Nor do responses, or lack thereof, to Plaintiff’s grievances and complaints,
namely about staff ridicule or harassment2, constitute a violation of Plaintiff’s
Nor does Plaintiff allege that Ware was involved in his care after the
incident. Moreover, and in any event, Plaintiff’s allegations of deliberate
indifference to medical needs amount to no more than his disagreement with
treatment decisions, and “mere disagreement with treatment decisions does not rise
to a level of a constitutional violation.” See Langford v. Norris, 614 F.3d 445, 460
(8th Cir. 2010).
Plaintiff alleges “Cpl. Hunt,” “openly cussed at [Plaintiff] through the
speaker system, made wrongful accusations [, and wrote false reports],” for which
Isherwood found him guilty and imposed sanctions. (See Filing No. 1 at CM/ECF
p. 23; Filing No. 1-2 at CM/ECF pp. 1-2.) These actions began before the current
incident. (Id.) “[F]iling false disciplinary charges does not itself violate a prisoner’s
constitutional rights, so long as procedural due process protections were provided.”
constitutional rights. See Lomholt v. Holder, 287 F.3d 683, 684 (8th Cir. 2002)
(holding that allegations regarding actions of prison officials in handling prisoner’s
grievances, and regulating his access to his attorney, were insufficient to state a
constitutional claim). See also, Martin, supra at 1338 (holding that name calling,
where a prison guard called plaintiff an obscene name, is not a constitutional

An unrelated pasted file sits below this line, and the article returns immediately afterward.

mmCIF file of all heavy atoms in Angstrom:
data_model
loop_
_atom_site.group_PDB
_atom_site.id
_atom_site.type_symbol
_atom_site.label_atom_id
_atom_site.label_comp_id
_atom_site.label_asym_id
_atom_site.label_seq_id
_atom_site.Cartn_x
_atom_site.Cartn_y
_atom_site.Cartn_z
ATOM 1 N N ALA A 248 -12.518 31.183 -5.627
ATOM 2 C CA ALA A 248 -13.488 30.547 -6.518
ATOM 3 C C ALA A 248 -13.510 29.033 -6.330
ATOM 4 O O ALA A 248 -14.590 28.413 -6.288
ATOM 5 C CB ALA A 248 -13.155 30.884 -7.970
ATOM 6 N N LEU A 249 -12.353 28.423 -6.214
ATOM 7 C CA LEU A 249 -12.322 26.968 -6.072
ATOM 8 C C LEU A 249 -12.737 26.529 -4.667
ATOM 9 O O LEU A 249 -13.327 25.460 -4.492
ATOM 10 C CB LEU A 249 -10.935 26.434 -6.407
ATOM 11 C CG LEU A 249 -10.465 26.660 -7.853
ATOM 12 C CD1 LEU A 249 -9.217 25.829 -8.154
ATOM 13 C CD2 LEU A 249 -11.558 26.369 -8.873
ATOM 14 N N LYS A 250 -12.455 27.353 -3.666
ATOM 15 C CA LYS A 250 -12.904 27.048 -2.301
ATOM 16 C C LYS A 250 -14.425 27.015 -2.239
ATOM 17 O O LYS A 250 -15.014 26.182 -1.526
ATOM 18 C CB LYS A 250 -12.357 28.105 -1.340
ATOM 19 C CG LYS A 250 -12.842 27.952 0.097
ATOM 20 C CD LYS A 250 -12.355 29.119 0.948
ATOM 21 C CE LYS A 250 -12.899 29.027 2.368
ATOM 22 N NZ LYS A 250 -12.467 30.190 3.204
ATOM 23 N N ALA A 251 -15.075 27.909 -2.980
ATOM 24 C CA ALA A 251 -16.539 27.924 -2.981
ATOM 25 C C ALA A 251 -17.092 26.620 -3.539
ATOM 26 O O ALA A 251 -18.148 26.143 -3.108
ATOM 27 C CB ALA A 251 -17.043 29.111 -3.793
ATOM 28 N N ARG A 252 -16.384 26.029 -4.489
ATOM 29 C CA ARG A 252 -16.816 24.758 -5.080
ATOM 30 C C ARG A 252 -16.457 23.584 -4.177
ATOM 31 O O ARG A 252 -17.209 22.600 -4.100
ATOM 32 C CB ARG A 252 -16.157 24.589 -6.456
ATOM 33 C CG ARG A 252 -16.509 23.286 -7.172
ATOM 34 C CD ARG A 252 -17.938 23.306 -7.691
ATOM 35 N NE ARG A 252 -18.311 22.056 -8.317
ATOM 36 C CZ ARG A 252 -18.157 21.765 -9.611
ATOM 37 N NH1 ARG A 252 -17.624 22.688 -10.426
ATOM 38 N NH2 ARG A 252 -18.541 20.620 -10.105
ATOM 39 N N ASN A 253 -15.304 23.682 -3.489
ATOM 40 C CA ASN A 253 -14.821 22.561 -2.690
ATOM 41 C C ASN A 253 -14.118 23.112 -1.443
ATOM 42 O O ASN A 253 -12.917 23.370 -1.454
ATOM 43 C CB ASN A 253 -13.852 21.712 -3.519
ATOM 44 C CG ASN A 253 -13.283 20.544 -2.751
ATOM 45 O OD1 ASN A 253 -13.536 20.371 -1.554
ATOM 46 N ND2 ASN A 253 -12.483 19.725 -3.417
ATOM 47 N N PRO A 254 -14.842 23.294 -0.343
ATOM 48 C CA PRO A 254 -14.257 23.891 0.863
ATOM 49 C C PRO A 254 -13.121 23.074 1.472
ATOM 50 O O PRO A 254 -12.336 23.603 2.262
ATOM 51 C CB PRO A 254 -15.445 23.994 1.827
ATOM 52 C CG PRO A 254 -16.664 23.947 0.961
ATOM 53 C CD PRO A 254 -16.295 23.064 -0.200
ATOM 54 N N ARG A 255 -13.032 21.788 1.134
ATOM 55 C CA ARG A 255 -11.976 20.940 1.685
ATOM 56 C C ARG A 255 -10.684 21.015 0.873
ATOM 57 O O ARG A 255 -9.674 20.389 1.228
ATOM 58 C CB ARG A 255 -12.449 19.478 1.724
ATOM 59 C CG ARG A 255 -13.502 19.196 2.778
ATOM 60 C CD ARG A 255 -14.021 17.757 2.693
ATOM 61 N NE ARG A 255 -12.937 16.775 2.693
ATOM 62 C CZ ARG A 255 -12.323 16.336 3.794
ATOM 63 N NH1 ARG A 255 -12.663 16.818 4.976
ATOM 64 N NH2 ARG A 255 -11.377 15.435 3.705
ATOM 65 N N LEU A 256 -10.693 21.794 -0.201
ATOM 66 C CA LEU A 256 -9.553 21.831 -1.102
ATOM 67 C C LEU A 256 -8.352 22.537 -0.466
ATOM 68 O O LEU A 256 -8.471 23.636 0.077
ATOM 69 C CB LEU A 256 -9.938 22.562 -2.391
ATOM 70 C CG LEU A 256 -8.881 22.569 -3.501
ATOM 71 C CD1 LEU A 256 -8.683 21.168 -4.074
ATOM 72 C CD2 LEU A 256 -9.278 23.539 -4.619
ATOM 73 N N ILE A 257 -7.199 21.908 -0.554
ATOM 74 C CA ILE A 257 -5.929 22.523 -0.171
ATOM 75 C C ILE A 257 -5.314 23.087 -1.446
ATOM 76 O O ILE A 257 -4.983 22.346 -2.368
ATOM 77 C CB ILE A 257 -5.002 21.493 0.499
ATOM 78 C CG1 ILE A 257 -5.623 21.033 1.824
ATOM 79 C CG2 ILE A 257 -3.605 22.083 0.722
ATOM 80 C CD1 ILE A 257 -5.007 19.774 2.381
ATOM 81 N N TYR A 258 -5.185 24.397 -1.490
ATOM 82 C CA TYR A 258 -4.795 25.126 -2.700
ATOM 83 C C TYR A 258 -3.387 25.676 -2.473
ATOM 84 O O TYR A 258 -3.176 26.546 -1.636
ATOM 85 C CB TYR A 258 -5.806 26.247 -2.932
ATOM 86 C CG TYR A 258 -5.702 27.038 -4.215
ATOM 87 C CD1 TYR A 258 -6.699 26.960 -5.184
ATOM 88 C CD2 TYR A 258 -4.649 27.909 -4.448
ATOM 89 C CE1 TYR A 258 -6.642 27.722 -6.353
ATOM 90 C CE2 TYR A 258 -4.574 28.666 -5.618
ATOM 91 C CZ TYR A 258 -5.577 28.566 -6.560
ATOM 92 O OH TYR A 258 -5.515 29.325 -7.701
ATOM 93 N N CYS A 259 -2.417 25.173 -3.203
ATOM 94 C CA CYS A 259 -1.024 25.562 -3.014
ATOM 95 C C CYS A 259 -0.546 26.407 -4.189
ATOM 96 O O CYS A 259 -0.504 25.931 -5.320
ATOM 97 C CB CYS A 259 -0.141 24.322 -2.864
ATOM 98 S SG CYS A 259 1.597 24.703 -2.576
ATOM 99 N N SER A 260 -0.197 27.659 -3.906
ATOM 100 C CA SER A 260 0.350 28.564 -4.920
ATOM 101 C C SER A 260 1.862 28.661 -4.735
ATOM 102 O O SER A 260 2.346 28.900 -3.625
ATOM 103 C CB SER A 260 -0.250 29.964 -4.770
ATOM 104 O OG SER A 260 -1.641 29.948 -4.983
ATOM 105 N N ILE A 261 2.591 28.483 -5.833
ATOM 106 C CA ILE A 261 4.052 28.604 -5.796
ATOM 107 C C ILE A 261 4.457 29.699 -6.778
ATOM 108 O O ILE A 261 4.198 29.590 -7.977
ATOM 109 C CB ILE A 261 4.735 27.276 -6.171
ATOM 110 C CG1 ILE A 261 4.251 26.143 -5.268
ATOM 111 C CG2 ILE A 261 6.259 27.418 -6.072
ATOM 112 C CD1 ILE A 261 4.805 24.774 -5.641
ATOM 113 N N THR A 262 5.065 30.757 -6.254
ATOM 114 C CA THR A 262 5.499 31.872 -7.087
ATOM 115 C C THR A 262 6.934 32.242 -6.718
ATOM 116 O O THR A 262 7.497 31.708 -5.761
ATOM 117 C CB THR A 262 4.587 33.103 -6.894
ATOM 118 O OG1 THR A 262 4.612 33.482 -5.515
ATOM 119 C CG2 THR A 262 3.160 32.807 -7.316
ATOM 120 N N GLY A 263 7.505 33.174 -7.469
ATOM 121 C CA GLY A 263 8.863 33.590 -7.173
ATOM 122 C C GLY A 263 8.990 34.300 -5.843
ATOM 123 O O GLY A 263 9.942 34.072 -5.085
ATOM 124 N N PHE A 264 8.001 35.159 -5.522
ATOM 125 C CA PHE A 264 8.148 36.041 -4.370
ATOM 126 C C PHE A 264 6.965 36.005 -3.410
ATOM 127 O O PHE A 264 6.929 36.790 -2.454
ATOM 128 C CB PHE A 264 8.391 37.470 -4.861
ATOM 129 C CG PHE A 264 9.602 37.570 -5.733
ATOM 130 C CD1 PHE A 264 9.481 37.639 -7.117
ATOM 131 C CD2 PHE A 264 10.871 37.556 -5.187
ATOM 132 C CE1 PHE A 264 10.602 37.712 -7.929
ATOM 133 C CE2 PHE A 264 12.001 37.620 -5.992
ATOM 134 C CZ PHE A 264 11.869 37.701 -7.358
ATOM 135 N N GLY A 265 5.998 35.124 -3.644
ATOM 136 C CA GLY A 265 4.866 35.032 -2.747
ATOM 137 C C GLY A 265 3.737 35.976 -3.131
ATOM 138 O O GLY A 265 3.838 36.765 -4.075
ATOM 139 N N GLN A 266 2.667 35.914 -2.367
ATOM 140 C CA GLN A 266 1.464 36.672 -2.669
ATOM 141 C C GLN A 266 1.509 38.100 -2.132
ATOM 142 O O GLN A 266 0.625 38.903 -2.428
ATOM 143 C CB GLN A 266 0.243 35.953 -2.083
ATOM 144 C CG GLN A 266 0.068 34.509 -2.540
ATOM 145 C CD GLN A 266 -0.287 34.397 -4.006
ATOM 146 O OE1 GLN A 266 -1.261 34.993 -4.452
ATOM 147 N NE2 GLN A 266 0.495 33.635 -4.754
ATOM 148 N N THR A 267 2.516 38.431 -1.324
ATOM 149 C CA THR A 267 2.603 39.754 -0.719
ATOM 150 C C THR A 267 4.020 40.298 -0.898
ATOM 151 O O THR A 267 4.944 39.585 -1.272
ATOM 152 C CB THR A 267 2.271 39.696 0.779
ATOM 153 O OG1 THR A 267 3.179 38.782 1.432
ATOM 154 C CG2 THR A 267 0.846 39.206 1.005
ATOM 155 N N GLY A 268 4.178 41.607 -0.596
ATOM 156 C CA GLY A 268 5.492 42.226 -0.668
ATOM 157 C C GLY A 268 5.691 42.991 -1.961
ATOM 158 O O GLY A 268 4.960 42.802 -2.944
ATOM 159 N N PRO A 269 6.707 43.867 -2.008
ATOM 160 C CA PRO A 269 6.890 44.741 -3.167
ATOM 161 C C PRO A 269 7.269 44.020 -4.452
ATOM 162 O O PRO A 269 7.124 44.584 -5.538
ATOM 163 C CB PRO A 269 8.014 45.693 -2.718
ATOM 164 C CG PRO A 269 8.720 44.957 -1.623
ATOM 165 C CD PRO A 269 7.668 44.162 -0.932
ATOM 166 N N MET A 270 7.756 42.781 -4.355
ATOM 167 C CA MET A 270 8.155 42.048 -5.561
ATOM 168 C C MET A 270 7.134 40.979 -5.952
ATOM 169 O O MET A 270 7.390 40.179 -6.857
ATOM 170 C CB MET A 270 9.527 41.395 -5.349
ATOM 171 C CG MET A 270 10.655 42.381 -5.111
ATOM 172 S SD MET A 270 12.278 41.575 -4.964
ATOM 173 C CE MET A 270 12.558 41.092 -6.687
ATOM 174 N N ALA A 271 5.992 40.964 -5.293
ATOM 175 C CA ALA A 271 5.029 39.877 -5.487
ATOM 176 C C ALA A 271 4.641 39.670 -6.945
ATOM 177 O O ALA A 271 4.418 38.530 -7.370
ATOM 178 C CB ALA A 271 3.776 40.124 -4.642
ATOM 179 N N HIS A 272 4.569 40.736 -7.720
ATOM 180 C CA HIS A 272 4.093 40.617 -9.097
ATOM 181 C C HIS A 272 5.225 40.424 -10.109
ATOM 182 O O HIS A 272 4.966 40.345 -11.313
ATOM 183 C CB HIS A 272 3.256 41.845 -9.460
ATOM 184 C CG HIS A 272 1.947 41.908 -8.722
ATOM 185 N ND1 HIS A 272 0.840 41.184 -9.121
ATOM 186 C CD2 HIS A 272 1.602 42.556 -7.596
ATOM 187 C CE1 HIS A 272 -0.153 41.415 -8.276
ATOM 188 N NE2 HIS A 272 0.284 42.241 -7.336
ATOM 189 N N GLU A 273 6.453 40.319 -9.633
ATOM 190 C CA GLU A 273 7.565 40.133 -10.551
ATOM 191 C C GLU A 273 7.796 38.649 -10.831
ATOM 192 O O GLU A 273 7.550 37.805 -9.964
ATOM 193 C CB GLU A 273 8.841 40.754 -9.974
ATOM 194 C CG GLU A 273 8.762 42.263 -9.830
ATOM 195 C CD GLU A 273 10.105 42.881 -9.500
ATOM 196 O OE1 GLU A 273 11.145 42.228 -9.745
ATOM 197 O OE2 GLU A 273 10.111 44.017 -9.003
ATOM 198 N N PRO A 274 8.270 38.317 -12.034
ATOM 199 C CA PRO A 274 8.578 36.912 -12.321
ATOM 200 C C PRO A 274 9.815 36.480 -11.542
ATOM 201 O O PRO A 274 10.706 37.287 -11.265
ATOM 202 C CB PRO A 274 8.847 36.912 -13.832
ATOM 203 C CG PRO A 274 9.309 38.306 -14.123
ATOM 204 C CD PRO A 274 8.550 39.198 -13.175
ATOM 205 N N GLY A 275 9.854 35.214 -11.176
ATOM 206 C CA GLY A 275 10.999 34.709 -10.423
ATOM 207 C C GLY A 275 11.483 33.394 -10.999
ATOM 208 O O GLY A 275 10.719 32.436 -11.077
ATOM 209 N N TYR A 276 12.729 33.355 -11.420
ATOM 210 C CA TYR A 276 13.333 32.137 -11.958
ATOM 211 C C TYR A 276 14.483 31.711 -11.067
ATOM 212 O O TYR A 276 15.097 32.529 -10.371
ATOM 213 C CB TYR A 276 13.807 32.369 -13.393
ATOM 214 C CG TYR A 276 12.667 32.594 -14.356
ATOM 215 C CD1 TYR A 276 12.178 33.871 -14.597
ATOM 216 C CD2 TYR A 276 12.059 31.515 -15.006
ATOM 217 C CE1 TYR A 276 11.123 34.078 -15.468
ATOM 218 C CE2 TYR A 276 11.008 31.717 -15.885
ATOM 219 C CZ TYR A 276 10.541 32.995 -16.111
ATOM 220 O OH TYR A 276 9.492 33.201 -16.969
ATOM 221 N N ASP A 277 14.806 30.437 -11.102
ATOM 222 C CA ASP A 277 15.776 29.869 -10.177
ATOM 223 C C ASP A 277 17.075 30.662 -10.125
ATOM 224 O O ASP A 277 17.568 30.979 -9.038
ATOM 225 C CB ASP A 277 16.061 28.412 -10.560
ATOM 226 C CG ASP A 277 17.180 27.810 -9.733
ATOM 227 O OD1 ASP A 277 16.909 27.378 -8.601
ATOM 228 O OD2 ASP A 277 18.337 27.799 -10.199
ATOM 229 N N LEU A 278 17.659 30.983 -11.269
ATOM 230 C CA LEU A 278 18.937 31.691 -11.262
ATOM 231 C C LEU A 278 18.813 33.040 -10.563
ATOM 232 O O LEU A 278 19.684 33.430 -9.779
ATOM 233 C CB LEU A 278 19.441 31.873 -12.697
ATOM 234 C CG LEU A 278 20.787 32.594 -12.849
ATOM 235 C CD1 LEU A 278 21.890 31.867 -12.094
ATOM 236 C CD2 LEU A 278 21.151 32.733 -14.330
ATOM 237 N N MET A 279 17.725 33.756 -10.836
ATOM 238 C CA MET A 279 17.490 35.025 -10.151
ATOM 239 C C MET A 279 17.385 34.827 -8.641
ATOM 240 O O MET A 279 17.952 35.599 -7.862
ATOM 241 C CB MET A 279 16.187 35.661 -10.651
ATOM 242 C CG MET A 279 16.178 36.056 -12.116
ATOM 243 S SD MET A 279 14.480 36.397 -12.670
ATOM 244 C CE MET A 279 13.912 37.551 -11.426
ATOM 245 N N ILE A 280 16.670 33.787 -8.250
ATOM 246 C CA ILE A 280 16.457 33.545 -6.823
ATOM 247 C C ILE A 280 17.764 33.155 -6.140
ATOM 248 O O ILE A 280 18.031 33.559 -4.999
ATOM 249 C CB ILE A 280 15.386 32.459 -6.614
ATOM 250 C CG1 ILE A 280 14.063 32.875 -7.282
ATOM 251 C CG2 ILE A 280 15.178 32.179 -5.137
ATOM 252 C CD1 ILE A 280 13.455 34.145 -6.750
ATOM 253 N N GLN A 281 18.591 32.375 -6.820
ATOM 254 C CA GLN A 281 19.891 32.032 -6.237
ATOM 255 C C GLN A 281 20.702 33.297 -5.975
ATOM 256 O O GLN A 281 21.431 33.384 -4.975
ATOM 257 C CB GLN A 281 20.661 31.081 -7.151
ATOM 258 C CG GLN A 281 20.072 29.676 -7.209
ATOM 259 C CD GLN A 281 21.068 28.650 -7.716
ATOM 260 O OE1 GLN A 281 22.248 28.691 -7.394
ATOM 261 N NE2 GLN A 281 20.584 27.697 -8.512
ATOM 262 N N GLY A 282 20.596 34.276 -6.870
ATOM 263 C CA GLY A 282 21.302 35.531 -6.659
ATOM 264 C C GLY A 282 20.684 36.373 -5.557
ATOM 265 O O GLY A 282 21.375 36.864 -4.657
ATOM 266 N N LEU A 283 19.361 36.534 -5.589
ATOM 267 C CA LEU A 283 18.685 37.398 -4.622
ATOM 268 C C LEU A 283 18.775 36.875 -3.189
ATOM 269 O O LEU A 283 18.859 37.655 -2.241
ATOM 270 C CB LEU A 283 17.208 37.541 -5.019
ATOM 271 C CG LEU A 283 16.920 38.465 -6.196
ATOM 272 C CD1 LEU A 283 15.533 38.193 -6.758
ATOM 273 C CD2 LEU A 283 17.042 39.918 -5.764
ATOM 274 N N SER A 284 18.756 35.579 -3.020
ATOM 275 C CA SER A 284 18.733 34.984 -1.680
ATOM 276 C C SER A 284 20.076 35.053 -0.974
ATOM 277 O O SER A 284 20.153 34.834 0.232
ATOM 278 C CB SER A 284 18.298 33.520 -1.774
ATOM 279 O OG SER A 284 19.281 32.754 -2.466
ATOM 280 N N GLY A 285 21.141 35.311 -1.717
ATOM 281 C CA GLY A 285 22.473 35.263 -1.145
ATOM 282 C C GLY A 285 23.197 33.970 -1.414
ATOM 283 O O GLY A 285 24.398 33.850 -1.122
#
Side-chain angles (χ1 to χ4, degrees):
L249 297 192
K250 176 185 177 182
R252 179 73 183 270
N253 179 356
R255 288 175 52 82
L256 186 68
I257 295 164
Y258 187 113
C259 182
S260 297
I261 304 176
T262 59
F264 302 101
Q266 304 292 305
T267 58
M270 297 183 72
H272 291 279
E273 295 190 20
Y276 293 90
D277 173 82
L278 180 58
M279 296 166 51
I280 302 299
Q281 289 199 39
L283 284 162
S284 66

violation). Relatedly, claims such as libel or slander, based on injury to reputation,
do not state a claim for deprivation of liberty or property protected by the Due
Process Clause. See Gunderson v. Hvass, 339 F.3d 639, 644 (8th Cir. 2003)
(damage to reputation alone does not implicate a protected liberty or property
interest under the Due Process Clause), cert. denied, 124 S. Ct. 1086 (2004).
Plaintiff’s allegations fail to state a claim against Frakes, Cruickshank, or
D. State Law Claim
Plaintiff alleges an assault and battery claim under state law. (See Filing No.
1 at CM/ECF pp. 9, 26.) Because the court is permitting Plaintiff’s Eighth
Amendment excessive force claim to proceed against Ware, it will also permit
Plaintiff’s state law claim to proceed against him.
Richardson v. Sherrer, 244 F. App’x 755, 757-58 (3d Cir. 2007) (internal citations
omitted). These claims arise out of unrelated events. Plaintiff will be required to
prosecute these unrelated claims in a separate action and he will be required to pay